The Rate of Workplace Injuries Continues to Decline

12 Sep, 2016
By: Donald W Fohrman
The United States Bureau of Labor Statistics recently reported that the rate of employer-reported occupational injuries and illness continued to decline in 2015. According to the report, there were about 2.9 million workplace injuries and illnesses reported by private sector employers -- down approximately 48,000 from 2014. With about three reported cases per 100 workers, the rate was lower than it had been since 2002. Aside from 2012, the pattern of decline has been steady for the past 13 years. According to Assistant Secretary of Labor for OSHA David Michaels, however, the numbers are still too high.
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Are Workplace Injuries and Illnesses Really Declining?

It is important to remember that the key words in the report are “employer-reported”. While the statistics show that the number of on-the-job injuries and illness has dropped, there is some concern over what the actual numbers may be.

Workers and employers alike hope that the reported rate of workplace illness and injury is at least partially indicative of the truth. An experienced Chicago workers compensation attorney who deals with employee injury cases nearly every day, however, is likely to be more skeptical of the statistics.

Despite the recent changes in workplace injury reporting regulations, OSHA estimates that at least 50 percent of injuries and illnesses still go unreported. Although the new requirements have been in effect for more than a year, many small and mid-sized employers are unwilling to comply with the guidelines, or are unaware that they exist. Additionally, some workers are reluctant to report on-the-job injuries and illnesses because they are afraid of retaliation.

Improving Workplace Injury Reporting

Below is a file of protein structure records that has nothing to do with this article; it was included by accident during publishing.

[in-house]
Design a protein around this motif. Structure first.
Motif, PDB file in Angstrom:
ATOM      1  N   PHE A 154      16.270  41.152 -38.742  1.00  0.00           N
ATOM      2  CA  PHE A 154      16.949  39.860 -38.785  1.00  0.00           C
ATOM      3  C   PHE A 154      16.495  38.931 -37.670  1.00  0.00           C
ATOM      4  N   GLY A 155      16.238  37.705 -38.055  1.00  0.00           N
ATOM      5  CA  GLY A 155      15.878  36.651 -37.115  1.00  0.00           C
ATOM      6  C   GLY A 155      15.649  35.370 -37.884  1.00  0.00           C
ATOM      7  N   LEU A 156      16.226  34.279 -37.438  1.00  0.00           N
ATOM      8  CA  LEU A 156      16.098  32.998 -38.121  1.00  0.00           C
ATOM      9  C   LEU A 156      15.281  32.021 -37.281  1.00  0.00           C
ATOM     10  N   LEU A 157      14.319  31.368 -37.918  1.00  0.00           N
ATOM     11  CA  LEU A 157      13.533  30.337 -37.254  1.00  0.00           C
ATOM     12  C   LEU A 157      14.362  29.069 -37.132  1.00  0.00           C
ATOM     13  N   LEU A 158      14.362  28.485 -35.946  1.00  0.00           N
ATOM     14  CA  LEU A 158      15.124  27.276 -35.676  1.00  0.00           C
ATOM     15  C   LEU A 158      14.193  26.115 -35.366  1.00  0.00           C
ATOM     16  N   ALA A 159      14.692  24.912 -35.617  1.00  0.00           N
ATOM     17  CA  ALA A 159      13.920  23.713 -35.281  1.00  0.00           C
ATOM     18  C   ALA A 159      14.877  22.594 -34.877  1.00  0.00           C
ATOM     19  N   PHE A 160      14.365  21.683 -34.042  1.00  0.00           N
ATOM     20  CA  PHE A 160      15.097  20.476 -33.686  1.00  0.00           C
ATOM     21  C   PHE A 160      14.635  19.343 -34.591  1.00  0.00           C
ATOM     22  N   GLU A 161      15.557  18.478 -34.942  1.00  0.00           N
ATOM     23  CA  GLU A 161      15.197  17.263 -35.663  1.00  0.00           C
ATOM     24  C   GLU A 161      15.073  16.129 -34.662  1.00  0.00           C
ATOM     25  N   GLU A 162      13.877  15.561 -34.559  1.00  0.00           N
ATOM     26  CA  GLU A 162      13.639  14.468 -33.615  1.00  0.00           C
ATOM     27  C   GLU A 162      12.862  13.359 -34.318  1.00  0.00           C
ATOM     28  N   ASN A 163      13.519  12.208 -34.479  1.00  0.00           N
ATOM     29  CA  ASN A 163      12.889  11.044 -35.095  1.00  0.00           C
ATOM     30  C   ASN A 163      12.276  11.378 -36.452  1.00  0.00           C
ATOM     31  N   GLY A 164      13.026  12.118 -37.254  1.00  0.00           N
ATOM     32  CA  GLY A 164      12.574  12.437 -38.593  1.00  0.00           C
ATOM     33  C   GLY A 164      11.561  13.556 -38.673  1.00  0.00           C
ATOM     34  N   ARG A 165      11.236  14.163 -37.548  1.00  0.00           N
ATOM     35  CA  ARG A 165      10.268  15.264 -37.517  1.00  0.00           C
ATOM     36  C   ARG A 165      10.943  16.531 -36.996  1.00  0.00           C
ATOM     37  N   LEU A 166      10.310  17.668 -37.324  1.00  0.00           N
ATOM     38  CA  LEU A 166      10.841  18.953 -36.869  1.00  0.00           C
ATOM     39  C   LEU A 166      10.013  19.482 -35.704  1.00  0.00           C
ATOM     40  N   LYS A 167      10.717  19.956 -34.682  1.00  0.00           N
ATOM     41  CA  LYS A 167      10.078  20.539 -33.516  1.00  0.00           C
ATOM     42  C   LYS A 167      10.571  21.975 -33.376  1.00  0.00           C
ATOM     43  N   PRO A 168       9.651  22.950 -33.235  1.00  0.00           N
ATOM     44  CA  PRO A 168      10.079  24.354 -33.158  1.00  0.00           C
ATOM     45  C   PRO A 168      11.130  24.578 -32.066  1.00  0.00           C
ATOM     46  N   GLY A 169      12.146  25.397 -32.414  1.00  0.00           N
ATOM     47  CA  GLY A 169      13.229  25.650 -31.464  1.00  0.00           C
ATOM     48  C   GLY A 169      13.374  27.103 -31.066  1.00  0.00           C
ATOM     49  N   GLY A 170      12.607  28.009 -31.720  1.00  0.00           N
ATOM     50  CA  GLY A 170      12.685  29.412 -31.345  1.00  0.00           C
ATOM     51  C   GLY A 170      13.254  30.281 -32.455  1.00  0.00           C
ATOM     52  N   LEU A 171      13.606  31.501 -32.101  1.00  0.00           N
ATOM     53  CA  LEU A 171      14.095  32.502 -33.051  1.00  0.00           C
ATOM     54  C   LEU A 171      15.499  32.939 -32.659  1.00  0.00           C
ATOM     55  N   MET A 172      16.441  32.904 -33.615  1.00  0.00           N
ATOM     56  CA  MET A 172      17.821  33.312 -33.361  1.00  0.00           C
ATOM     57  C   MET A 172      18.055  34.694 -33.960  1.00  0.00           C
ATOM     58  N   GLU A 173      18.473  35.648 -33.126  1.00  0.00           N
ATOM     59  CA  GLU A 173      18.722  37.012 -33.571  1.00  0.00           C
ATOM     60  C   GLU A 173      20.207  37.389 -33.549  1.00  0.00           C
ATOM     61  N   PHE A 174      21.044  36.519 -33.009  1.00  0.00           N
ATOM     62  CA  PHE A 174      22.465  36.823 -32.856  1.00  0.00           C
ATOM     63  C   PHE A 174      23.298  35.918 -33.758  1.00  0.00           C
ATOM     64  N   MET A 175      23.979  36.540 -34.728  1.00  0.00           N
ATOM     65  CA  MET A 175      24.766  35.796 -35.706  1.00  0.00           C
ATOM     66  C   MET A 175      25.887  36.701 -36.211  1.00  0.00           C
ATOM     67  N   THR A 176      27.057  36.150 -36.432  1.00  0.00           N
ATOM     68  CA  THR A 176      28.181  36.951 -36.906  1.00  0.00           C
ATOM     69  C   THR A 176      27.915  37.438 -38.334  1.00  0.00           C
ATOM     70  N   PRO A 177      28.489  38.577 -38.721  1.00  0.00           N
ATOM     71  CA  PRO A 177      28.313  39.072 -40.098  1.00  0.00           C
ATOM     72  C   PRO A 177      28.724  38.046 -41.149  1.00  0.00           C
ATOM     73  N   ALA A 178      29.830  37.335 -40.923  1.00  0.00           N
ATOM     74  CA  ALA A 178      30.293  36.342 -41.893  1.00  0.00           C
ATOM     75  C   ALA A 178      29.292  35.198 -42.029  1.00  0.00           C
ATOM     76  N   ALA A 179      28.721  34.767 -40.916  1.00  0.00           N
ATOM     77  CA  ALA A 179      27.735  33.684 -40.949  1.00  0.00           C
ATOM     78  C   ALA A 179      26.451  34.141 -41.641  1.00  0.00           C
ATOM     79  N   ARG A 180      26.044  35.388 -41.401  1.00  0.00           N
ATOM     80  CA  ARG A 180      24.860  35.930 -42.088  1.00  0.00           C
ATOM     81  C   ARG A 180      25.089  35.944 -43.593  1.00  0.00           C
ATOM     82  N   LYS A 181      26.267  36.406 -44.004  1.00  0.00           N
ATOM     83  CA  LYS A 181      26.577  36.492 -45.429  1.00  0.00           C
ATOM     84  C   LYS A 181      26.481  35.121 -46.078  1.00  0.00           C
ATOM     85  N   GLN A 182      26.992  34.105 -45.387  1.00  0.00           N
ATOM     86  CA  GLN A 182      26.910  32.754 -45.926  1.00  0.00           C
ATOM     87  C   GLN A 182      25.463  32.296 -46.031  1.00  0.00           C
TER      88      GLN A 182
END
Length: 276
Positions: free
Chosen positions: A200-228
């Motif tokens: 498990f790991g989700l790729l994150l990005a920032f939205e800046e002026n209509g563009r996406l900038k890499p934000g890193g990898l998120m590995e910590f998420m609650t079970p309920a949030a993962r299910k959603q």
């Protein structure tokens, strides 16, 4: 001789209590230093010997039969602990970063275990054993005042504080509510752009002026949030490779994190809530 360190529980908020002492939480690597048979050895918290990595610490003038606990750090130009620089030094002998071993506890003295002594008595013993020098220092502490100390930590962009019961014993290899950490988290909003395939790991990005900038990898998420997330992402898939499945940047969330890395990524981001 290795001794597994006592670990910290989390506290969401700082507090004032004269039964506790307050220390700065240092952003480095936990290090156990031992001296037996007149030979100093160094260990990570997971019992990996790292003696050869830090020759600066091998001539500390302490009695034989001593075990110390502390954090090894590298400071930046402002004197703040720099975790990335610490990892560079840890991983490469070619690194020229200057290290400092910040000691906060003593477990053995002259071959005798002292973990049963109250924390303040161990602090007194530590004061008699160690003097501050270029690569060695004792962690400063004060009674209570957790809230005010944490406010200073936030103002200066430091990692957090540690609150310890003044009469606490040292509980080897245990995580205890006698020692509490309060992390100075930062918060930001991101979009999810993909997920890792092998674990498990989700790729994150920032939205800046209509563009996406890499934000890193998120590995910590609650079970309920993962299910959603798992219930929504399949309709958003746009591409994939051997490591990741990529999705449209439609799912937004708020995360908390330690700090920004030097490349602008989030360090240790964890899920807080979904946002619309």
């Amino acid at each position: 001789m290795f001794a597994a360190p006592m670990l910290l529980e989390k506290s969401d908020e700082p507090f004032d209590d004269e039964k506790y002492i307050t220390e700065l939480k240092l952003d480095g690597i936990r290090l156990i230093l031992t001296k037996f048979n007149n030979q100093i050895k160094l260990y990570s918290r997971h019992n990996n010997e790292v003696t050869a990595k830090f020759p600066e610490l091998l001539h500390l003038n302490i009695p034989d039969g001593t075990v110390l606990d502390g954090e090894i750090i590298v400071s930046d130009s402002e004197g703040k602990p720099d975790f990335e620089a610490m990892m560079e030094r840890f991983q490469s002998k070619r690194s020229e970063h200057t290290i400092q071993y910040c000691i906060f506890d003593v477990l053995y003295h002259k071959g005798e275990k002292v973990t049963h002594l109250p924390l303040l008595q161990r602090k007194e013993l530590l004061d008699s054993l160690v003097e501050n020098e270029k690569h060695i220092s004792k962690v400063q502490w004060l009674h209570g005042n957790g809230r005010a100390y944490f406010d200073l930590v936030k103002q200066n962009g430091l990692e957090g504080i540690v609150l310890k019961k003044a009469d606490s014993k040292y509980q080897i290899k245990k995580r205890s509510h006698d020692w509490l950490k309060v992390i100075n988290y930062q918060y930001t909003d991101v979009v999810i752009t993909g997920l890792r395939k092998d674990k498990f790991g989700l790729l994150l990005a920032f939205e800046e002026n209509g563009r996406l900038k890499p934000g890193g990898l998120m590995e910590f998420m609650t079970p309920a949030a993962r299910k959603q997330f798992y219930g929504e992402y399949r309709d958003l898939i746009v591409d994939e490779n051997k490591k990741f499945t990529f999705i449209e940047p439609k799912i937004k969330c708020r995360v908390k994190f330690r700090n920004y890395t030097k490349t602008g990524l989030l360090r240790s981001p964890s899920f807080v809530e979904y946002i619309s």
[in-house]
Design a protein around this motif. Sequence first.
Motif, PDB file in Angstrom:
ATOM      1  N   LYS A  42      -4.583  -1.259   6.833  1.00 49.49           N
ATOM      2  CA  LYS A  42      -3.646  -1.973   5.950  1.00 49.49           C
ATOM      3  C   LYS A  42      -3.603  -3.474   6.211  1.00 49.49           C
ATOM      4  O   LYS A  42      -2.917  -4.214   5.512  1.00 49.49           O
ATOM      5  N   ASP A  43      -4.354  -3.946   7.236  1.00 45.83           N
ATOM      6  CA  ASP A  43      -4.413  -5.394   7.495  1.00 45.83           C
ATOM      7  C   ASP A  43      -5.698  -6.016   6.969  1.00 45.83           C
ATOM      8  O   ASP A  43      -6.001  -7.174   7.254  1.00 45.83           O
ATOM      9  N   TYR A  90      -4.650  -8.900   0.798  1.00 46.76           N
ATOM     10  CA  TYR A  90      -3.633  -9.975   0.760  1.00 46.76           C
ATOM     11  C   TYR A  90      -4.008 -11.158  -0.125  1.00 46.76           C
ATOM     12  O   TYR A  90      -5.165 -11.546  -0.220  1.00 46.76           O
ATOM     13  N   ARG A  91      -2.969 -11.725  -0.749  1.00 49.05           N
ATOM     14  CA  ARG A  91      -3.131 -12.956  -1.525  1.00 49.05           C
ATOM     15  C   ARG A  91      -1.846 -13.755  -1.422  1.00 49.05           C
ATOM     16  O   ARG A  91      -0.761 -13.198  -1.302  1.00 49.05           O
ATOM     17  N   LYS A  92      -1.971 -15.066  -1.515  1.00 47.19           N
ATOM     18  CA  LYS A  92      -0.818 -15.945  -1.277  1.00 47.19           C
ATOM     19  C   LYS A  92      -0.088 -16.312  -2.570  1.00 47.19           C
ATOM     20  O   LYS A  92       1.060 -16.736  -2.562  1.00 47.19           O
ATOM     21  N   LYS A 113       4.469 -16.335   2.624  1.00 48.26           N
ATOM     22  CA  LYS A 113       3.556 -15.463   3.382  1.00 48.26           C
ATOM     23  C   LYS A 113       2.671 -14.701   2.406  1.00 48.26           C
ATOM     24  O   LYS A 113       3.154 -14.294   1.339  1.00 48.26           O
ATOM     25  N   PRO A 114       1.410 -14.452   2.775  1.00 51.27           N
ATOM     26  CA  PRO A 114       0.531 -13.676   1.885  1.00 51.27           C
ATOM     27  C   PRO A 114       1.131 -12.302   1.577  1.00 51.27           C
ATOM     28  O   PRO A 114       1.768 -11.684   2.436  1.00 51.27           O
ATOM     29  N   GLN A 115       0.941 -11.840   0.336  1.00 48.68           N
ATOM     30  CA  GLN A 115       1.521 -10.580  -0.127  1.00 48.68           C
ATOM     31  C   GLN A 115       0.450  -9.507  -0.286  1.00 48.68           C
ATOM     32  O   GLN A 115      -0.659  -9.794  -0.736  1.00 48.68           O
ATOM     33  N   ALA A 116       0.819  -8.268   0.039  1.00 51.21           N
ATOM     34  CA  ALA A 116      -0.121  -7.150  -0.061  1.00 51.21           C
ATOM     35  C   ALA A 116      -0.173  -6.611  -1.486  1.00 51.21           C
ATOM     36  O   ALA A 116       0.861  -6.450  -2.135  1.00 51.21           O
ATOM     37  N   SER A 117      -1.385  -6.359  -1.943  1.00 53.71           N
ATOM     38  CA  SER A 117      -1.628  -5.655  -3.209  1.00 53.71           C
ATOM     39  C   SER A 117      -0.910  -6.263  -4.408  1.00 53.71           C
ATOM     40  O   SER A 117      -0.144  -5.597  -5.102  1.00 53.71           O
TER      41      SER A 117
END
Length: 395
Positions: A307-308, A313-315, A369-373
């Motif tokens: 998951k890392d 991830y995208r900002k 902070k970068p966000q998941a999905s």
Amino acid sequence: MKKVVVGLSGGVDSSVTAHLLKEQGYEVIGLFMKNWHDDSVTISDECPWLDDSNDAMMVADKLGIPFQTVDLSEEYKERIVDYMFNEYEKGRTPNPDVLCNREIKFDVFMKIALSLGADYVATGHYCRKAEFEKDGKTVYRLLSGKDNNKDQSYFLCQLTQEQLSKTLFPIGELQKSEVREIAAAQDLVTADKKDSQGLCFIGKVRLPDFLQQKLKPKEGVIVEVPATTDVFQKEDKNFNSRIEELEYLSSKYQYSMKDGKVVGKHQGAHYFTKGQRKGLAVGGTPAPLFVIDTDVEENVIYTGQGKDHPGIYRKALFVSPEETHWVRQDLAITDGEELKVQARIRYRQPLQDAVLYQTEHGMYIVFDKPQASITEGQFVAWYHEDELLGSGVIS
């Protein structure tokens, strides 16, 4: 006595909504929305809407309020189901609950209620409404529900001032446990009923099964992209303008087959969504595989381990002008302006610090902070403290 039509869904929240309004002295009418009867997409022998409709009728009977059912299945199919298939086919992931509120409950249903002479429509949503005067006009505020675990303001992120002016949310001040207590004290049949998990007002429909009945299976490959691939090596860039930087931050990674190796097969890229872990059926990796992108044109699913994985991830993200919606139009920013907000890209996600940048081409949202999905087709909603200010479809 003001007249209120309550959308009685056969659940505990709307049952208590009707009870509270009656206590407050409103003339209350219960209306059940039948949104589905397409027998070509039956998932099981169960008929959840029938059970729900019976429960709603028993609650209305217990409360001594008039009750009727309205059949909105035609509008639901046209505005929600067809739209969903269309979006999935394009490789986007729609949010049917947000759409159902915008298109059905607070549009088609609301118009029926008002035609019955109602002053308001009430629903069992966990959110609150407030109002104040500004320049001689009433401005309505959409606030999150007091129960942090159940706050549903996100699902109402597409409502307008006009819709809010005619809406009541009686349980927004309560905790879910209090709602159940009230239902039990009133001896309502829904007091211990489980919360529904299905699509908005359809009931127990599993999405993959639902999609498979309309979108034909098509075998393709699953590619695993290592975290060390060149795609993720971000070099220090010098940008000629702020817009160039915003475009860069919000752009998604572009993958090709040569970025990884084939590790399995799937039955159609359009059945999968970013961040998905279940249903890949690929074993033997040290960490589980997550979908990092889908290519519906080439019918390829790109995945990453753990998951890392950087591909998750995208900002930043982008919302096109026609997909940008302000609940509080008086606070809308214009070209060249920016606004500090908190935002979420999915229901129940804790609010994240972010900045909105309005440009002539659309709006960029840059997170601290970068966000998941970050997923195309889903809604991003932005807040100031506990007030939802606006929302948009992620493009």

OSHA has recently taken necessary steps to encourage workers and employers to report workplace injuries and illnesses more accurately.

  • To enforce the reporting of occupational injuries and illnesses by employers, OSHA is becoming more likely to cite those who are non-compliant.
  • The fines for failing to report have increased significantly. Non-compliant employers can now face a penalty of up to $7,000. And if it is determined that employer was aware of the requirements and still failed to comply, the fines can be much more.
  • Anti-retaliation provisions regarding safety incentives and drug testing are currently in place to protect injured workers and encourage them to come forward.

Each day, approximately 30 severe occupational injuries are reported to OSHA. Even if the rate of injuries really is declining, too many Americans are still being exposed to workplace hazards.

About The Author

Photo of Donald W Fohrman
After completing law school Donald became an assistant Attorney General for 7 years and was assigned to the Industrial Commission Division. During that time he spent evenings establishing his own firm. Donald became a founding partner of a large workers’ compensation/personal injury firm but decided to leave the firm in 1990 to start a smaller “boutique” firm with the belief that bigger isn’t always better!
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